DETROIT - After years of big discounts, GM is finally getting a good price for its cars and trucks, and it's helping the company's bottom line.
General Motors Co. surprised Wall Street Thursday by doubling its second-quarter profit. A big reason was higher prices for its vehicles worldwide.
The company's net income totaled $2.5 billion, or $1.54 per share. That compared with $1.3 billion, or 85 cents per share, in the same quarter a year earlier. It was GM's third straight quarterly profit since its initial public stock offering in November, and its sixth straight overall.
The results were stronger than those of Ford and Chrysler, which reported results last week. Chrysler posted a loss on a big repayment of government debt. Ford's earnings took a hit as it expanded in Asia, a region where GM is dominant.
GM Chief Financial Officer Dan Ammann said the company gained $1 billion from higher prices for its cars and trucks. More than half of that came from North America.
GM was able to pull back on rebates and other deals in the second quarter because of severe earthquake-related shortages at Toyota Motor Corp., Honda Motor Co. and other competitors. When demand for small cars rose in the spring because of high gas prices, GM was able to meet that demand with its new Chevrolet Cruze while Toyota and Honda sat on the sidelines. GM's incentive spending per vehicle fell 20 percent to $3,022 in June, according to car pricing site TrueCar.com.
The company also has raised prices to compensate for the higher cost of raw materials such as steel, although Ammann said those costs abated somewhat in the second quarter. Popular products like the Chevrolet Equinox and GMC Terrain also didn't need incentives to sell in big numbers.
The trend may not hold in the second half of the year,
when Japanese inventories are restocked and competition will heat up. But GM has vowed not to go back to its old ways of doing business, when it overproduced vehicles just to keep its factories open and then offered huge discounts to sell them off.
Meanwhile, second-quarter revenue rose 19 percent to $39.4 billion, while sales rose 7 percent to 2.3 million cars and trucks. Although sales softened somewhat in the U.S. and Europe because of buyers' worries about the economy, GM gained market share in every region outside South America.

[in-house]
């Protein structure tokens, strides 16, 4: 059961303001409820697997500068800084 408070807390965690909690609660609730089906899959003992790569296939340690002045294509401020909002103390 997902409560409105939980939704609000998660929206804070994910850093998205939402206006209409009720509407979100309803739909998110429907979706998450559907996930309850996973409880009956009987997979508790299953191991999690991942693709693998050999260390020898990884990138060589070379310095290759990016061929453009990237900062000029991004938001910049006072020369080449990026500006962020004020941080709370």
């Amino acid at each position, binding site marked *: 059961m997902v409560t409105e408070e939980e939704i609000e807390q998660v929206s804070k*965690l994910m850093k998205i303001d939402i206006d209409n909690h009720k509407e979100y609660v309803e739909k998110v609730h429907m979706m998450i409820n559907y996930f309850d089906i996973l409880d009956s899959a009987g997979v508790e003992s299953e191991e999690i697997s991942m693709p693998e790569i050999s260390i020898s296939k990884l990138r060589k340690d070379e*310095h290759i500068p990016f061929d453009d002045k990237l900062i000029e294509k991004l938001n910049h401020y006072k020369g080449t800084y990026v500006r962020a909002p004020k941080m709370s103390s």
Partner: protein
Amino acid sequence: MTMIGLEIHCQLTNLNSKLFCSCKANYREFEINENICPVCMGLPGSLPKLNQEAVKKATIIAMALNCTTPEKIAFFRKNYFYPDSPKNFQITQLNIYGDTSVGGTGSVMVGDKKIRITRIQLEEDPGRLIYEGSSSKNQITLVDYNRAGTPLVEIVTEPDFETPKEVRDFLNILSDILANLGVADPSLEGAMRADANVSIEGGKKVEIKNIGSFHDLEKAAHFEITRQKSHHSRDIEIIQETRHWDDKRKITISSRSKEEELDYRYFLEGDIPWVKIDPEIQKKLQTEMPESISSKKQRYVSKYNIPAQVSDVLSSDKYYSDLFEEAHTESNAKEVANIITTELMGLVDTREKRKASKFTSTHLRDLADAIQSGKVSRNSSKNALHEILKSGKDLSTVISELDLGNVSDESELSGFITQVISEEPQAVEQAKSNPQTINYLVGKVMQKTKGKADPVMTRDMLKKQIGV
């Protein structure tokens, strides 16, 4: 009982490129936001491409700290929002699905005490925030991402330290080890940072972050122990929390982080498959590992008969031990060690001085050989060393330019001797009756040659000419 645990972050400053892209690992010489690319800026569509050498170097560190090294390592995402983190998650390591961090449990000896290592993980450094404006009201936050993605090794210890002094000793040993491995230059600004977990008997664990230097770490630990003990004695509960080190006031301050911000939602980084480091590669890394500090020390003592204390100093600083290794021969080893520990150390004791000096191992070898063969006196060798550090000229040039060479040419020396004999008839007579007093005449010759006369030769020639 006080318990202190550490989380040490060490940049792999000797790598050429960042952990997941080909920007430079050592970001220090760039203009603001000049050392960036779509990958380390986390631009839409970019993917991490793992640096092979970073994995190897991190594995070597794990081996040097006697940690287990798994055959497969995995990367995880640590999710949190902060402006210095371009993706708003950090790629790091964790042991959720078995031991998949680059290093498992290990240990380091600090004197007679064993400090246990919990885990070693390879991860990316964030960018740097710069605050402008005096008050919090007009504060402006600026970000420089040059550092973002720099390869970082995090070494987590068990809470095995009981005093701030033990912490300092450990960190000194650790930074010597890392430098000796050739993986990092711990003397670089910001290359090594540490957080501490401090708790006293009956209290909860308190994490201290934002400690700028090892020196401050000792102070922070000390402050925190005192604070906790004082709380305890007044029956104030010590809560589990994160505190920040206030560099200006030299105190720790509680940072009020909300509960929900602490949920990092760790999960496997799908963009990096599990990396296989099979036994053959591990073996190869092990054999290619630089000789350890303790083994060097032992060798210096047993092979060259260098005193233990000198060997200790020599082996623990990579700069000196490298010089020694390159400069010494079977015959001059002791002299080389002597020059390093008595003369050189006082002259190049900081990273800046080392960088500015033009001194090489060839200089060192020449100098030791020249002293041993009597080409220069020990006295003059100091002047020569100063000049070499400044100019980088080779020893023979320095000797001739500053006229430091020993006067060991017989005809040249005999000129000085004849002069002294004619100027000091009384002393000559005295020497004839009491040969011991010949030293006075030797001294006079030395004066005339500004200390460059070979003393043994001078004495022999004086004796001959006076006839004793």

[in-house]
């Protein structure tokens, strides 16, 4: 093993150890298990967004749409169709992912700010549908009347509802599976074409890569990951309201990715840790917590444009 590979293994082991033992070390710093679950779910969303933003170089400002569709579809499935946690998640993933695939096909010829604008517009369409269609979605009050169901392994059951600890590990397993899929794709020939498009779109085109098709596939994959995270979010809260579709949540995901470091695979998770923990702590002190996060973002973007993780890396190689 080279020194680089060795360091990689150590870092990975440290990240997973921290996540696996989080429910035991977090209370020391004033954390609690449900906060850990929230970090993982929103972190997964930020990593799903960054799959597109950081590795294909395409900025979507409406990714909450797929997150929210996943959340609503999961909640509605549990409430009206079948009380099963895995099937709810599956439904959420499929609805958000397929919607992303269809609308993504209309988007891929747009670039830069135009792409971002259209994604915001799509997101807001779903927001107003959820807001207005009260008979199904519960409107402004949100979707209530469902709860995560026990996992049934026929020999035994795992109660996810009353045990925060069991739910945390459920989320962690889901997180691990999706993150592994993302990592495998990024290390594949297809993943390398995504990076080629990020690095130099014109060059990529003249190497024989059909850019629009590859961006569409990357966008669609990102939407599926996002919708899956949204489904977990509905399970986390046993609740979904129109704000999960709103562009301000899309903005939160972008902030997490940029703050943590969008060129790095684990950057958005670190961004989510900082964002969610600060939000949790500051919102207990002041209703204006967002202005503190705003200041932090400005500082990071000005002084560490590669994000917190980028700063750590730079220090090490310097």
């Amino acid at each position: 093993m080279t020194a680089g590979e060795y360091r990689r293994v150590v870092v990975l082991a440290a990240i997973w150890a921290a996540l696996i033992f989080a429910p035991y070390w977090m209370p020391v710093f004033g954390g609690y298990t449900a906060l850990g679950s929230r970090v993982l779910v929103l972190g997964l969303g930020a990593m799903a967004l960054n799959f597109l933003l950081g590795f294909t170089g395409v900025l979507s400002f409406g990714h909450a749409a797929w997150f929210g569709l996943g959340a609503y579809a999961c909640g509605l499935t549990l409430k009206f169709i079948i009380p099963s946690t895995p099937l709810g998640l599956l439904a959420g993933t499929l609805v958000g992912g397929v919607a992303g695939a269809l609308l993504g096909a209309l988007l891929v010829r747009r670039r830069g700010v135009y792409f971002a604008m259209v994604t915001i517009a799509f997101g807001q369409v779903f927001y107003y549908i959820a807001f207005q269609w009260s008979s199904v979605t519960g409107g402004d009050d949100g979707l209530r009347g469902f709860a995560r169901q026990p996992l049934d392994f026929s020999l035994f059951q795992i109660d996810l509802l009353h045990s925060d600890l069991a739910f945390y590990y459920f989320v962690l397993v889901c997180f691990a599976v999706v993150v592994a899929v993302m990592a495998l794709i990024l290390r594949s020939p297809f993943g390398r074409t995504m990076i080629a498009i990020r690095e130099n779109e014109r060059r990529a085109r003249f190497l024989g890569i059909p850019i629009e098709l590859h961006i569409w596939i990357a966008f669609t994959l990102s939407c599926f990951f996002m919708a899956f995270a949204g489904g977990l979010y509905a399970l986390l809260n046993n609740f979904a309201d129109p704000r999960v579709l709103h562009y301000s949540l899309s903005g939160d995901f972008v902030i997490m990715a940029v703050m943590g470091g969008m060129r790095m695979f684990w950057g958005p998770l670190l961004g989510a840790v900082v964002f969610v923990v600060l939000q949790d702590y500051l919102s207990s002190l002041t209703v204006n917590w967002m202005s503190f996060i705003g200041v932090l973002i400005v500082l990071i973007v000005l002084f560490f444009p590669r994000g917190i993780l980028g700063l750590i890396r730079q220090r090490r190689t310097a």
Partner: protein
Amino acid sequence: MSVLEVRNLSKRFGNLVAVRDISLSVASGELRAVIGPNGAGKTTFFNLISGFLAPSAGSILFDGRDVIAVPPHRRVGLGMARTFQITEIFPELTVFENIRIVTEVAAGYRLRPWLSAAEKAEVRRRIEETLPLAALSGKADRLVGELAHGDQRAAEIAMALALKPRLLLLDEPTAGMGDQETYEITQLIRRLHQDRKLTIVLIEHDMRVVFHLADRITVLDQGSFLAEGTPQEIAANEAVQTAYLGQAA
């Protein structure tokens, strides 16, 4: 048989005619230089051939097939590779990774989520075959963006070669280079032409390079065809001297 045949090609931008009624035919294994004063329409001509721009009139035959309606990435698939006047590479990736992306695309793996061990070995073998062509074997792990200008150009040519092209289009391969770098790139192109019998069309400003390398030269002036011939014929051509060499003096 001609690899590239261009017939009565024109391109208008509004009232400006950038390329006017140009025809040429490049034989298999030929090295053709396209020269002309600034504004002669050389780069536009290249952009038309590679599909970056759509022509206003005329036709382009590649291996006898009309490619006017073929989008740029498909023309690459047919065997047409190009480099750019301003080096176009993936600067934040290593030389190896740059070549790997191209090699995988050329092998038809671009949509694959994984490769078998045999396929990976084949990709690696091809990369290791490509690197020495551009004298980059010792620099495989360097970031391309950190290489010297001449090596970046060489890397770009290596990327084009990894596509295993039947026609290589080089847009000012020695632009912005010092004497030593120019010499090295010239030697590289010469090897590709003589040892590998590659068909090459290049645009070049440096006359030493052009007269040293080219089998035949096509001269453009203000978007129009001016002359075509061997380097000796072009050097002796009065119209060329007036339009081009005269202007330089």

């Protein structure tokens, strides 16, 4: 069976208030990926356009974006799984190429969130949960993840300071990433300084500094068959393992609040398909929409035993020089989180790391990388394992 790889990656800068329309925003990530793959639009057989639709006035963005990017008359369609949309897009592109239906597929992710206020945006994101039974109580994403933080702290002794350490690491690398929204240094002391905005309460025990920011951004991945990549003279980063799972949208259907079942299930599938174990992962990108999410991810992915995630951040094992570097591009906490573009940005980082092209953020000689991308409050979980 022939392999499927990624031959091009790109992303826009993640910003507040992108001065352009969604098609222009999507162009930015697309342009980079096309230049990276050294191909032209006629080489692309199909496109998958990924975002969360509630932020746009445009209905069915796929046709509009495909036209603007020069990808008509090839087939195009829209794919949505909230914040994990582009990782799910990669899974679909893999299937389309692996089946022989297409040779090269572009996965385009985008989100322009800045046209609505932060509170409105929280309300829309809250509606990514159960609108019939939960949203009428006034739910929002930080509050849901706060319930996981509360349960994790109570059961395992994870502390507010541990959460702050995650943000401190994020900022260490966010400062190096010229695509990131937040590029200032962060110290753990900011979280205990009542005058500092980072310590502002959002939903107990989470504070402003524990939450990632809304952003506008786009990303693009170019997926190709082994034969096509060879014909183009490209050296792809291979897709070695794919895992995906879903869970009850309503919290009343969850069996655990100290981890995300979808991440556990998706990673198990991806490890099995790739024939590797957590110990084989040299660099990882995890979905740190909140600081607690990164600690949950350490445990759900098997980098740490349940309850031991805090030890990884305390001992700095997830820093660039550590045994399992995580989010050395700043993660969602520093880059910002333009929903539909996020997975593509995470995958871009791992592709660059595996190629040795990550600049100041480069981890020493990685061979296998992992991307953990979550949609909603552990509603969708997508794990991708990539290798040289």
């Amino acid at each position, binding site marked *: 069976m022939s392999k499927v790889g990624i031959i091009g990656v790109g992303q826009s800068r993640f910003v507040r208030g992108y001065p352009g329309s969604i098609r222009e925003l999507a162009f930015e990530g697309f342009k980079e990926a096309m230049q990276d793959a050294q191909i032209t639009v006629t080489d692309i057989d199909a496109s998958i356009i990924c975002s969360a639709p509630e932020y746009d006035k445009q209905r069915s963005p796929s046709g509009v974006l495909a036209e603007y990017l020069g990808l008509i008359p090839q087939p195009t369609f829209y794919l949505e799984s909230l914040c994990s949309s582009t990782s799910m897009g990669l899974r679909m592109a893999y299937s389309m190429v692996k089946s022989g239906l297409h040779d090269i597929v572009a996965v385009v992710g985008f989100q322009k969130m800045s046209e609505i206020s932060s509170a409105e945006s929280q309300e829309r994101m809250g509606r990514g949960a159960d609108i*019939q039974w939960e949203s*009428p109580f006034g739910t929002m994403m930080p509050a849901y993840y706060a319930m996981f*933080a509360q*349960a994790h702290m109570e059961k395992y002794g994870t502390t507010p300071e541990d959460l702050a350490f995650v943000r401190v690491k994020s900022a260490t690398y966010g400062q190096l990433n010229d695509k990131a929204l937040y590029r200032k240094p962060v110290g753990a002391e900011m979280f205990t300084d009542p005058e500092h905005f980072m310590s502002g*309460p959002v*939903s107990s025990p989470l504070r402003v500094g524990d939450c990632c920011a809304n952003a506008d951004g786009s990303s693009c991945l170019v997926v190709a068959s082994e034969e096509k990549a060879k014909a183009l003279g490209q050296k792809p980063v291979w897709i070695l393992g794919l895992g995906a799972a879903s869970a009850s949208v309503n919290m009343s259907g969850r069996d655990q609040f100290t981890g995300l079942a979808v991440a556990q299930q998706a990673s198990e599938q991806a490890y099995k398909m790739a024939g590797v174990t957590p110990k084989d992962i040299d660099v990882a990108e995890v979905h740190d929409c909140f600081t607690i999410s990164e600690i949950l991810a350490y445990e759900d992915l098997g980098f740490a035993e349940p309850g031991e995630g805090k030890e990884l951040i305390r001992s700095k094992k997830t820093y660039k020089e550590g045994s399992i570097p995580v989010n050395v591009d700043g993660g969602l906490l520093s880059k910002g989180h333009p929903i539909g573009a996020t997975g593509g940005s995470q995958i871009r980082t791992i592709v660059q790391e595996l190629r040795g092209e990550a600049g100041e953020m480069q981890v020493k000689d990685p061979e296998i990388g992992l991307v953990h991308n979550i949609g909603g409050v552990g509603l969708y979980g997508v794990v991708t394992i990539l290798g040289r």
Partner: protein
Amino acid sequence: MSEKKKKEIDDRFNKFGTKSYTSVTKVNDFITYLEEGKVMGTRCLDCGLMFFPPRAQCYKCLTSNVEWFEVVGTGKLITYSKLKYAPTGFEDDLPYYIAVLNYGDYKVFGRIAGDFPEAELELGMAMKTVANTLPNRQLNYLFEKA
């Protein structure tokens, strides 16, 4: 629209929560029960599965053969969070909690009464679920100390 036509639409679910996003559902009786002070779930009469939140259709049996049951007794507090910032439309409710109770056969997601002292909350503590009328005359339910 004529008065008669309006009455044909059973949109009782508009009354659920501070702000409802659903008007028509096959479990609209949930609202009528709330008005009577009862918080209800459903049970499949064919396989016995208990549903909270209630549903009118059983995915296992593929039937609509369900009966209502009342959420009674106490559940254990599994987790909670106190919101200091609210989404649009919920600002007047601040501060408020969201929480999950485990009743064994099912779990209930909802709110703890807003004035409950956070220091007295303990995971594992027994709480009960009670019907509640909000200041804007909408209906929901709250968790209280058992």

It was the first time since GM emerged from bankruptcy protection two years ago that all of its regions were profitable. Europe, which is undergoing a restructuring, reported a profit of $100 million, versus a $160 million loss a year earlier. In North America, where the bulk of GM's profits come from, the company earned $2.2 billion, up from $1.6 billion.
GM won more customers in the U.S. thanks to the Cruze, which was the best-selling car in America in June. The Cruze also sold well in China, where Chevrolet's June sales rose 34 percent.
"GM's investments in fuel economy, design and quality are paying off around the world," GM Chairman and CEO Dan Akerson said in a statement.
GM blew past Wall Street's estimates. Analysts polled by FactSet forecast earnings of $1.18 per share on revenue of $36.56 billion.
The company's stock price rose 3 cents to $27.20 in pre-market trading.
GM's shares have been trading nearly 20 percent below the offering price of $33 in November. They peaked at $39.48 in January but fell to a low of $27.05 on Tuesday. Investors are concerned about the strength of the economic recovery and the health of a company that is just two years out of bankruptcy protection. GM reported its biggest profit in more than a decade in the first quarter, but its stock fell as investors noted that nearly half the profit was from the sale of GM's stake in an auto parts company.
Although GM made $5.7 billion in the first half of the year, Ammann said the company's second half performance will probably not be as robust, since there is usually a drop in sales in the fall and the economy remains shaky.
"There's a high level of uncertainty out there," he said.
GM's results are being closely watched by the U.S. government, which still holds 500 million GM shares that it got as part of the company's 2009 bailout package. The government needs $26.4 billion to recoup its full investment in GM, meaning GM's shares would have to sell for roughly $53 per share.
The Treasury Department said in May that it would wait until this month, at the earliest, to sell more GM shares. But it could also decide to wait until after GM completes its latest contract talks with the United Auto Workers union. The UAW contract expires Sept. 14.